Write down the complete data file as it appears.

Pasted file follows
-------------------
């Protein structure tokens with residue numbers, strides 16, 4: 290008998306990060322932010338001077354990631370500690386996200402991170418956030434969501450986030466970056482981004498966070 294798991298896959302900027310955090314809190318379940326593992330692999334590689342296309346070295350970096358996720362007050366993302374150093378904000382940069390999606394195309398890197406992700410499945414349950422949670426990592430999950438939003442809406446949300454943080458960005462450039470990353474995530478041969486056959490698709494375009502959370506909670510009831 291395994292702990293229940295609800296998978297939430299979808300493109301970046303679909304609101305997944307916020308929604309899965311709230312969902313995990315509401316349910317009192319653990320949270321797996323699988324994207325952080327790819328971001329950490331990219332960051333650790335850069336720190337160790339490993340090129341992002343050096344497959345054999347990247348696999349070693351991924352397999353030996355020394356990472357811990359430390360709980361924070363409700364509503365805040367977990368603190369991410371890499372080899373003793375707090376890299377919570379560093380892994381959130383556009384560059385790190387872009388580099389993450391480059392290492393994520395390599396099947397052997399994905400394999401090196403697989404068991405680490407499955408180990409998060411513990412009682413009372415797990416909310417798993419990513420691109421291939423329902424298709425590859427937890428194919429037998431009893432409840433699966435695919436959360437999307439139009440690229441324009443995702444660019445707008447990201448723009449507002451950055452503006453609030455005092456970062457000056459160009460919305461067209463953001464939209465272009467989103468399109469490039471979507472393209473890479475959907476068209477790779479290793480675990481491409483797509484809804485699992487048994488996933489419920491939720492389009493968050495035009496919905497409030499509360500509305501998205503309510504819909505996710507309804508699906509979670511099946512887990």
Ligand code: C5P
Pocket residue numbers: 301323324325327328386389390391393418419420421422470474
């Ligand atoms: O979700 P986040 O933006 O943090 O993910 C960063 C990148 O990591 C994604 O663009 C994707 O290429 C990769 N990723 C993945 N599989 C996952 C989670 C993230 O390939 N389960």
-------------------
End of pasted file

């Protein structure tokens with residue numbers, strides 16, 4: 290008998306990060322932010338001077354990631370500690386996200402991170418956030434969501450986030466970056482981004498966070 294798991298896959302900027310955090314809190318379940326593992330692999334590689342296309346070295350970096358996720362007050366993302374150093378904000382940069390999606394195309398890197406992700410499945414349950422949670426990592430999950438939003442809406446949300454943080458960005462450039470990353474995530478041969486056959490698709494375009502959370506909670510009831 291395994292702990293229940295609800296998978297939430299979808300493109301970046303679909304609101305997944307916020308929604309899965311709230312969902313995990315509401316349910317009192319653990320949270321797996323699988324994207325952080327790819328971001329950490331990219332960051333650790335850069336720190337160790339490993340090129341992002343050096344497959345054999347990247348696999349070693351991924352397999353030996355020394356990472357811990359430390360709980361924070363409700364509503365805040367977990368603190369991410371890499372080899373003793375707090376890299377919570379560093380892994381959130383556009384560059385790190387872009388580099389993450391480059392290492393994520395390599396099947397052997399994905400394999401090196403697989404068991405680490407499955408180990409998060411513990412009682413009372415797990416909310417798993419990513420691109421291939423329902424298709425590859427937890428194919429037998431009893432409840433699966435695919436959360437999307439139009440690229441324009443995702444660019445707008447990201448723009449507002451950055452503006453609030455005092456970062457000056459160009460919305461067209463953001464939209465272009467989103468399109469490039471979507472393209473890479475959907476068209477790779479290793480675990481491409483797509484809804485699992487048994488996933489419920491939720492389009493968050495035009496919905497409030499509360500509305501998205503309510504819909505996710507309804508699906509979670511099946512887990």
Ligand code: C5P
Pocket residue numbers: 301323324325327328386389390391393418419420421422470474
């Ligand atoms: O979700 P986040 O933006 O943090 O993910 C960063 C990148 O990591 C994604 O663009 C994707 O290429 C990769 N990723 C993945 N599989 C996952 C989670 C993230 O390939 N389960």